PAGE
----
When you come forward as an abuse victim, being called a liar is unfortunately common. Being sued for defamation or malicious prosecution because your abuser says you are lying is far worse. Find out how you can use California’s anti-SLAPP laws to shut down baseless lawsuits designed to keep you quiet.
What Is an Anti-SLAPP Motion?
You may not know what SLAPP means in the legal world, but you may have heard of someone being “slapped” with a lawsuit because they were standing up for themselves or their rights. SLAPP stands for “Strategic Lawsuit Against Public Participation.” It is an underhanded tactic used by powerful people with money to spare to silence those who would stand up to them.
They aren’t filed to win, or even to collect settlement damages. Instead, they are supposed to scare the people being sued. Now-President Donald Trump summed it up well in 2011, talking about a lawsuit he filed against an author and publishing company he said underestimated his net worth:
“I spent a couple of bucks on legal fees, and they spent a whole lot more. I did it to make his life miserable, which I’m happy about.”
An Anti-SLAPP motion is a shield against this form of legal harassment. Under California law, a defendant in a defamation or malicious prosecution case can file a special anti-SLAPP motion, asking the court to stop the case and dismiss the complaint if they can show they are likely to win case and the lawsuit is based on a “protected activity” such as:
- Writing to your representative, senator, mayor or governor
- Testifying in a judicial proceeding (including at a criminal trial)
- Speaking in a public forum about an issue of public interest
- Writing to a newspaper about an issue of public interest
- Exercising your constitutional right to free speech or to petition your government
Using Anti-SLAPP Motions When You are Sued for Defamation or Malicious Prosecution
There is no federal law protecting against SLAPP suits, but California’s Anti-SLAPP statute is one of the strongest in the country. Remembering titles like plaintiff and defendant can be confusing in these lawsuits, especially because an abuser can sometimes file SLAPP claims in a victim’s own sexual harassment or negligence lawsuit. Rather than getting tangled up on who is who, consider this (fictional) example of how California’s Anti-SLAPP motion works:
Anna was an assistant to Bart, a corporate CEO and an influential philanthropist in her local community. While Bart had a positive public face, he was hard to work for. He was often demanding of Anna, and frequently asked her to do humiliating things. One night, Bart crossed the line, sexually assaulting Anna in his hotel room while they were in California on business. Anna went to the local police department the next day, and the prosecutors began to develop a case against Bart. At the same time, Anna hired a victim’s advocate to help her file complaints for sexual harassment and file a protective order and civil lawsuit against Bart for his actions.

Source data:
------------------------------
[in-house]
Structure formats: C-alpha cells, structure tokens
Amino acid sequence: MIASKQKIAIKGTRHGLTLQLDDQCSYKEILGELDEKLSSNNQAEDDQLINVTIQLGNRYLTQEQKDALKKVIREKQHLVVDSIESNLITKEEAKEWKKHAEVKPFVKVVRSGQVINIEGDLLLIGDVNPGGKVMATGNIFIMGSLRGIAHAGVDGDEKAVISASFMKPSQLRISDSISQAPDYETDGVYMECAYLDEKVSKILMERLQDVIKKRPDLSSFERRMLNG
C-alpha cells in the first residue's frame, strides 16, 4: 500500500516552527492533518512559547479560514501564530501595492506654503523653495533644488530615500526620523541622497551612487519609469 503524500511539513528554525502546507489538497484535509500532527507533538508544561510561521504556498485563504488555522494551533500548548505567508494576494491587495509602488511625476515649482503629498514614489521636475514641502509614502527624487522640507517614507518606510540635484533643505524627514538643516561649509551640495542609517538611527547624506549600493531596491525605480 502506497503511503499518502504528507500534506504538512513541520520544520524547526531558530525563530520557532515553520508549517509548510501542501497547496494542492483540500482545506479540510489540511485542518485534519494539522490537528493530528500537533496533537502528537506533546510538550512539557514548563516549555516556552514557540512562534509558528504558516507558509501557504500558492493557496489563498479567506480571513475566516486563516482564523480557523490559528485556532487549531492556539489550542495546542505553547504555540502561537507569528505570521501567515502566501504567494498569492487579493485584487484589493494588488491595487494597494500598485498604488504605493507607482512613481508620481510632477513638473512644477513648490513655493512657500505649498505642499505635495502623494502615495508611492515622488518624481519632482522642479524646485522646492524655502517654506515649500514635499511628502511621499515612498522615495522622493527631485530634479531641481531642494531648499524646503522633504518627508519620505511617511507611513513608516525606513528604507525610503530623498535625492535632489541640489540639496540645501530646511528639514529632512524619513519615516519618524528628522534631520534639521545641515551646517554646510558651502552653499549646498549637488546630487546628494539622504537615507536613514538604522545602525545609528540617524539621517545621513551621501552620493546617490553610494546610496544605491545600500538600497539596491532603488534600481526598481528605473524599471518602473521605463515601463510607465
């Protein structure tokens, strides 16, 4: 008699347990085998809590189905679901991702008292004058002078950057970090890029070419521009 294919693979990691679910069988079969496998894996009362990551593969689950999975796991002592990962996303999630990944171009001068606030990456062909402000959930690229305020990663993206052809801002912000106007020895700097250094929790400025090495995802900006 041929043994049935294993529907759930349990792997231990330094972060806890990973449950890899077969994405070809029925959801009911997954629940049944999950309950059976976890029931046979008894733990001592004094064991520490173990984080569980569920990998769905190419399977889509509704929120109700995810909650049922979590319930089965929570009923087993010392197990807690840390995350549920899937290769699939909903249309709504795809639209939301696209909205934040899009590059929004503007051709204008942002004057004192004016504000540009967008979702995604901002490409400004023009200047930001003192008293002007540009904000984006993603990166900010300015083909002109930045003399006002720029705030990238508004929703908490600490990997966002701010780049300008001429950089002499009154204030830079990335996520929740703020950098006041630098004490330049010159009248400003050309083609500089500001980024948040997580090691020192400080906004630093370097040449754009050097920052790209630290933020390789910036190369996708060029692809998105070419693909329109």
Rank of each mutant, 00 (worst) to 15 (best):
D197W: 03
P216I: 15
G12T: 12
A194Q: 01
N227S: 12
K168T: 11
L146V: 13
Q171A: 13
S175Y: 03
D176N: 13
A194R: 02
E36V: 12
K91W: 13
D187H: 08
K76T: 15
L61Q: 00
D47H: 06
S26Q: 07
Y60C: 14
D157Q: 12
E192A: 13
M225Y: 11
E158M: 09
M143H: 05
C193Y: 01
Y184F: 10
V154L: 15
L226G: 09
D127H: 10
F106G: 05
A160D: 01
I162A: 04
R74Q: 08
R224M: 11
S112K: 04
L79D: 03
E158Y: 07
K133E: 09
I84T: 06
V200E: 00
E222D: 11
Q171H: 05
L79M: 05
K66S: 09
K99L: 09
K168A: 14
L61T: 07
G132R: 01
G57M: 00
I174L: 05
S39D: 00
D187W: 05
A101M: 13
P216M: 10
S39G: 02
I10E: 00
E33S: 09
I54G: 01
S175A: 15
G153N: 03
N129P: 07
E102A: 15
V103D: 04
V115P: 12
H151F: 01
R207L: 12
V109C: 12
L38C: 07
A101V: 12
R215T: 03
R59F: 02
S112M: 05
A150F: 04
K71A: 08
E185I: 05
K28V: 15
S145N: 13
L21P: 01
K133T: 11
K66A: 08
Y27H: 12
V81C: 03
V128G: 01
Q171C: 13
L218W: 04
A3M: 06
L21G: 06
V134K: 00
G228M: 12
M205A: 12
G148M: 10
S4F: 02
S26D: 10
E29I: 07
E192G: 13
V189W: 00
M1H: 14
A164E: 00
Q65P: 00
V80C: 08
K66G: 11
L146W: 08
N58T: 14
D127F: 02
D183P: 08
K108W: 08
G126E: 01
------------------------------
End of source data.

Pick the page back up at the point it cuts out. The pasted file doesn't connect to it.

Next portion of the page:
Bart had far more financial resources than Anna. He was also worried about what the criminal charges and lawsuit would do to his reputation. He thought by making the lawsuit too expensive he could get Anna to agree to drop the charges and dismiss the case against him. He filed a lawsuit of his own, claiming that Anna’s public press conference was defamation and that her criminal case against him was malicious prosecution.
How California’s Anti-SLAPP Statute Protects Abuse Victims
Without anti-SLAPP, California civil law can take months or even years to resolve a lawsuit. Counter-claims and investigations (called discovery) can cost thousands of dollars in attorney fees. That’s why California’s anti-SLAPP statute is so important for protecting abuse victims like Anna.
When Bart filed his SLAPP suit for defamation and malicious prosecution, Anna could file an Anti-SLAPP motion within the first 60 days of the case. Once she does so, California law freezes all discovery in the case. Without discovery, Bart will have a harder time poking holes in Anna’s story. He probably won’t have had a chance to take her deposition or question her about her version of events.
The civil court judge will then review the evidence both sides have and determine if Anna was exercising a “protected activity” and whether Bart is likely to prevail in the case. Bart will have to show that his case has merit without access to Anna’s records or her testimony, so if she was telling the truth to police, prosecutors, and news reporters, she is likely to win her Anti-SLAPP motion and get the defamation and malicious prosecution case dismissed.
If an abuse victim wins their Anti-SLAPP motion, they may also be awarded attorney fees and costs. Since SLAPP suits are designed to make abuse victims and others asserting their rights spend money, this is an important part of California’s anti-SLAPP protections. By working with an experienced victim’s rights attorney to file and prove your anti-SLAPP motion, you may be able to prevent your abuser from making you pay for going to court.
At ADZ Law, LLP, our victim’s rights attorneys understand how to use California’s Anti-SLAPP laws to shield victims from abusers who would use the courts to continue their harassment. We can help you file special Anti-SLAPP motions to dismiss these baseless lawsuits early, and collect the legal fees you need to carry on with your fight and tell your truth. We invite you to contact ADZ Law, LLP to schedule a consultation to learn more about our team, and how we can help you.